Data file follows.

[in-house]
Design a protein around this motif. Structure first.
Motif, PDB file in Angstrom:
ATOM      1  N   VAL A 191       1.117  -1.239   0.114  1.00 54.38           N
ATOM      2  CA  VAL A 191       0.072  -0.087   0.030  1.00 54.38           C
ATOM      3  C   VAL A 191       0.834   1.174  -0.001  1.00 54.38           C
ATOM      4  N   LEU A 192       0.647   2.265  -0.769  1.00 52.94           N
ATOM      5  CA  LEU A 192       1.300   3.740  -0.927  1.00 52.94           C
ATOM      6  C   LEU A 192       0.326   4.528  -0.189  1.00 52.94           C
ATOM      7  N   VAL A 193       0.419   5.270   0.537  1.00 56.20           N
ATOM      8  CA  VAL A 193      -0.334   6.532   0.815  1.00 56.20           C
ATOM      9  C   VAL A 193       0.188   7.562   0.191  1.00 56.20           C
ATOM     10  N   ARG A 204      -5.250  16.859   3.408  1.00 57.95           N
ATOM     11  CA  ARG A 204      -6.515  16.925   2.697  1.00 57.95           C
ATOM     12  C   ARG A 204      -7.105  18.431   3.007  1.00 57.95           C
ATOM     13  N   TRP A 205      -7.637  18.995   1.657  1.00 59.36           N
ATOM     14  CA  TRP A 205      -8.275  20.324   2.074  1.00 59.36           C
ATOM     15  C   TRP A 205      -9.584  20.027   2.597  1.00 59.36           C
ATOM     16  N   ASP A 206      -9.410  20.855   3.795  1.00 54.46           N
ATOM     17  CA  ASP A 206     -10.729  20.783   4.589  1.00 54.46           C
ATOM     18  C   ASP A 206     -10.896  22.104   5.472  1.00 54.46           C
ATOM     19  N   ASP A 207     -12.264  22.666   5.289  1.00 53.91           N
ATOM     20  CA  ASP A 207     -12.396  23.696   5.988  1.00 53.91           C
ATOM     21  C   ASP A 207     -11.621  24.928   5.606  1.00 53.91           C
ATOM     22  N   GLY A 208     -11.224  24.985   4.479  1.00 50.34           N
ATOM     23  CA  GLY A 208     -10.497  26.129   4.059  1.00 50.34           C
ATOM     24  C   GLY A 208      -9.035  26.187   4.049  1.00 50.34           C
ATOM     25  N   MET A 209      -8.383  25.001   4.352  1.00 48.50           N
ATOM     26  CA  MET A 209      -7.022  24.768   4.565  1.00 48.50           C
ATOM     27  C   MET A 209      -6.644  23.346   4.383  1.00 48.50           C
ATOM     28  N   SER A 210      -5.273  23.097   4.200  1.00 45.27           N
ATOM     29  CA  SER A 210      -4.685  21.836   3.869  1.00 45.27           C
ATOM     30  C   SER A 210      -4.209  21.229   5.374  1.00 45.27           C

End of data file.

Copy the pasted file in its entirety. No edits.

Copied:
[in-house]
Design a protein around this motif. Structure first.
Motif, PDB file in Angstrom:
ATOM      1  N   VAL A 191       1.117  -1.239   0.114  1.00 54.38           N
ATOM      2  CA  VAL A 191       0.072  -0.087   0.030  1.00 54.38           C
ATOM      3  C   VAL A 191       0.834   1.174  -0.001  1.00 54.38           C
ATOM      4  N   LEU A 192       0.647   2.265  -0.769  1.00 52.94           N
ATOM      5  CA  LEU A 192       1.300   3.740  -0.927  1.00 52.94           C
ATOM      6  C   LEU A 192       0.326   4.528  -0.189  1.00 52.94           C
ATOM      7  N   VAL A 193       0.419   5.270   0.537  1.00 56.20           N
ATOM      8  CA  VAL A 193      -0.334   6.532   0.815  1.00 56.20           C
ATOM      9  C   VAL A 193       0.188   7.562   0.191  1.00 56.20           C
ATOM     10  N   ARG A 204      -5.250  16.859   3.408  1.00 57.95           N
ATOM     11  CA  ARG A 204      -6.515  16.925   2.697  1.00 57.95           C
ATOM     12  C   ARG A 204      -7.105  18.431   3.007  1.00 57.95           C
ATOM     13  N   TRP A 205      -7.637  18.995   1.657  1.00 59.36           N
ATOM     14  CA  TRP A 205      -8.275  20.324   2.074  1.00 59.36           C
ATOM     15  C   TRP A 205      -9.584  20.027   2.597  1.00 59.36           C
ATOM     16  N   ASP A 206      -9.410  20.855   3.795  1.00 54.46           N
ATOM     17  CA  ASP A 206     -10.729  20.783   4.589  1.00 54.46           C
ATOM     18  C   ASP A 206     -10.896  22.104   5.472  1.00 54.46           C
ATOM     19  N   ASP A 207     -12.264  22.666   5.289  1.00 53.91           N
ATOM     20  CA  ASP A 207     -12.396  23.696   5.988  1.00 53.91           C
ATOM     21  C   ASP A 207     -11.621  24.928   5.606  1.00 53.91           C
ATOM     22  N   GLY A 208     -11.224  24.985   4.479  1.00 50.34           N
ATOM     23  CA  GLY A 208     -10.497  26.129   4.059  1.00 50.34           C
ATOM     24  C   GLY A 208      -9.035  26.187   4.049  1.00 50.34           C
ATOM     25  N   MET A 209      -8.383  25.001   4.352  1.00 48.50           N
ATOM     26  CA  MET A 209      -7.022  24.768   4.565  1.00 48.50           C
ATOM     27  C   MET A 209      -6.644  23.346   4.383  1.00 48.50           C
ATOM     28  N   SER A 210      -5.273  23.097   4.200  1.00 45.27           N
ATOM     29  CA  SER A 210      -4.685  21.836   3.869  1.00 45.27           C
ATOM     30  C   SER A 210      -4.209  21.229   5.374  1.00 45.27           C